This whole idea will never make it to my site unless and until I get to screen all the advertisers who want to take over my site's ad space.
Advertisers can block any and every publisher, so why can't publishers block any and every advertiser?

I was thinking pretty much along the same lines.

PowerUp




msg:3500512
 1:08 pm on Nov 9, 2007 (gmt 0)

What an opportunity.

Create an ad that nobody will click on ("Lawrence Welk ringtones, just $4.95"), and put it on all of your competitor's sites!

Make 300 landing page domains so they can't filter all of them!

Woo hoo!

Yup, my very first thought on how useful this new tool is. My competitors will get unmotivated, and drop out of the business. Or, their advertising revenue drops so much and I'll be able to buy over their site at a fraction of its true value.

If I can think of it, I'm sure my competitors would have thought of this as well.

I can only imagine that revenue for publishers will drop... unless...

If advertiser X chooses to target site widget dot com, then the advertiser is charged a premium, and clicks that come in from widget dot com will be charged at the full premium price and shared with the publisher.

I'm sure the advertiser wouldn't mind paying premium since he's sure that this site will convert for him and hence the reason for targeting this site.

moTi




msg:3500542
 1:54 pm on Nov 9, 2007 (gmt 0)

If the purpose of your placement-targeted campaign is to increase sales, leads, sign-ups, or other conversion-oriented metrics, you can select CPC bidding and pay when users click on your ads. If you want to maximize impressions and increase brand awareness among your target audience, you can select cost-per-impression (CPM) bidding.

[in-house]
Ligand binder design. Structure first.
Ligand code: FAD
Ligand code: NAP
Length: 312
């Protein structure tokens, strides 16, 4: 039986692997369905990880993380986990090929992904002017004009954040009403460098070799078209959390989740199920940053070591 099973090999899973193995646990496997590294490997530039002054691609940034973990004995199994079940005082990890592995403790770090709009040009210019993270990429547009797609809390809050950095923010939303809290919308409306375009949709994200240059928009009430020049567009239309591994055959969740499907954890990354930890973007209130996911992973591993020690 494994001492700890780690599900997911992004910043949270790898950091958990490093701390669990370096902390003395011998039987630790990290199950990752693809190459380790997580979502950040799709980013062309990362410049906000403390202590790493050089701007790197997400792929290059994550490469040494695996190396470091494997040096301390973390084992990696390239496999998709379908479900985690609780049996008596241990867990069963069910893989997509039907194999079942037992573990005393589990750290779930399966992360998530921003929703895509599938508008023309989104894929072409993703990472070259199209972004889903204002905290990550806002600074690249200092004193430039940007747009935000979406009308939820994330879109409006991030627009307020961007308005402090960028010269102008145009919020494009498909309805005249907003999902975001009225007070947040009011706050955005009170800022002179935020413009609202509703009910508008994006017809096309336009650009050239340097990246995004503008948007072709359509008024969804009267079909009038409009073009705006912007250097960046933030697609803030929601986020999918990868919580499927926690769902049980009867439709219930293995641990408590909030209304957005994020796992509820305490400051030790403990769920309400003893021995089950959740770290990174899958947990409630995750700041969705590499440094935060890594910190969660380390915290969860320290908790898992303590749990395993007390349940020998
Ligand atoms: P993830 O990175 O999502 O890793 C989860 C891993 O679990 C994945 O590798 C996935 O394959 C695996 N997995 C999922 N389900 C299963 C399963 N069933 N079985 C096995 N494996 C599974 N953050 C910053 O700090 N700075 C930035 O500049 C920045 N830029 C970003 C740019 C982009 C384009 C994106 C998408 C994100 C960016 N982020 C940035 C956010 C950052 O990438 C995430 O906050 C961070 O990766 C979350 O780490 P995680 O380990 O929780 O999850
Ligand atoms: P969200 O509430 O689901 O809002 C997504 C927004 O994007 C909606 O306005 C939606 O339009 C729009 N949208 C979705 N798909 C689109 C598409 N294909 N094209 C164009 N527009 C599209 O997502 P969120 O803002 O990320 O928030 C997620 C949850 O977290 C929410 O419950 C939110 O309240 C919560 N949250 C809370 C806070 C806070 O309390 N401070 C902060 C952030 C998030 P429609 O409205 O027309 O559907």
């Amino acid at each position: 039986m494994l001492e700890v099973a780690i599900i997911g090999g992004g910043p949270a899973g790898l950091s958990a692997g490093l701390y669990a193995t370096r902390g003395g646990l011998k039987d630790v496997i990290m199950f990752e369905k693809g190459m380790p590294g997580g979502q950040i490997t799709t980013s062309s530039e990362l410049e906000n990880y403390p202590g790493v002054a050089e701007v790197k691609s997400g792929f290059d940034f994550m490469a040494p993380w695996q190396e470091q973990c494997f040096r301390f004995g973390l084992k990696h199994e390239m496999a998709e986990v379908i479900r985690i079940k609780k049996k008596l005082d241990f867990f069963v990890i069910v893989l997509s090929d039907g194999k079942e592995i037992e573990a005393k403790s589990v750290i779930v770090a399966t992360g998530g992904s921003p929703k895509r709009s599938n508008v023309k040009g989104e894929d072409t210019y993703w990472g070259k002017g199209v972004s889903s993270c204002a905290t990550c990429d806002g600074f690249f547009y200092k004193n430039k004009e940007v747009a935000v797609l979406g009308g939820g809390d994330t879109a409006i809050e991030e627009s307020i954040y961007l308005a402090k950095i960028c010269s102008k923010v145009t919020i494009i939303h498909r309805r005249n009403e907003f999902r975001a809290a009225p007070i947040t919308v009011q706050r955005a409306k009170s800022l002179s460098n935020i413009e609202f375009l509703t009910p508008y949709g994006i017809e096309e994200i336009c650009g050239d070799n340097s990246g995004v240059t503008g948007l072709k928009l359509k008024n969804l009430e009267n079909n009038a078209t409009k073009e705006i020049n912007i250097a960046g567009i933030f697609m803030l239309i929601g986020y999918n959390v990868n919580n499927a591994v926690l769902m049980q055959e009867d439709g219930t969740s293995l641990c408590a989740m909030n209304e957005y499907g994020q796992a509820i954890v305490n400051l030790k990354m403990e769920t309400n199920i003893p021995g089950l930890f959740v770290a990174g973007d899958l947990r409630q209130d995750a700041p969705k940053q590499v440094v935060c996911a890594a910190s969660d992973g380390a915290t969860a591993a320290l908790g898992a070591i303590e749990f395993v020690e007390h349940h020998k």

well, if i were an advertiser, i'd do it the other way around to optimize my earnings: pay per click ads for branding and pay per impression ads for clicks.

---

but another question: some time ago, publishers were encouraged to define specific channels including a short description of the site topic so that advertisers can target and bid on each specific channel.

i have done that in such a way that i defined channels for placement, e.g.:

728x90-websiteone-topbanner
728x90-websiteone-bottombanner
160x600-websitetwo-rightbanner

etc. you get the idea. my question now: does this make sense for the advertiser or is this a waste of effort because google automatically identifies the different placements and sections and shows them in the advertiser tool? so does google the work for me or is each publisher asked to define his sections for the system to work properly?

or should i put up even more channels like:

728x90-websiteone-topbanner-cityone
728x90-websiteone-topbanner-citytwo
728x90-websiteone-topbanner-topicone

etc.

has the channel classification something to do with this placement targeting at all or does google automatically detect the different subsections and ad slots and displays them for the advertiser to bid on?

what can or should publishers do to optimize the placement targeting options for the advertisers?

i'd be glad if an advertiser/publisher or asa/awa would give me some insight.

[edited by: moTi at 2:16 pm (utc) on Nov. 9, 2007]

JBrown




msg:3500678
 3:35 pm on Nov 9, 2007 (gmt 0)

Suppose I have your ads blocked via my competitive filter. You decide you want to target a particular ad spot on my site and take the appropriate steps. Does Google tell you that you're blocked/filtered?

I don't know. I've only done limited site-targeting so I haven't seen this.

farmboy




msg:3500688
 3:46 pm on Nov 9, 2007 (gmt 0)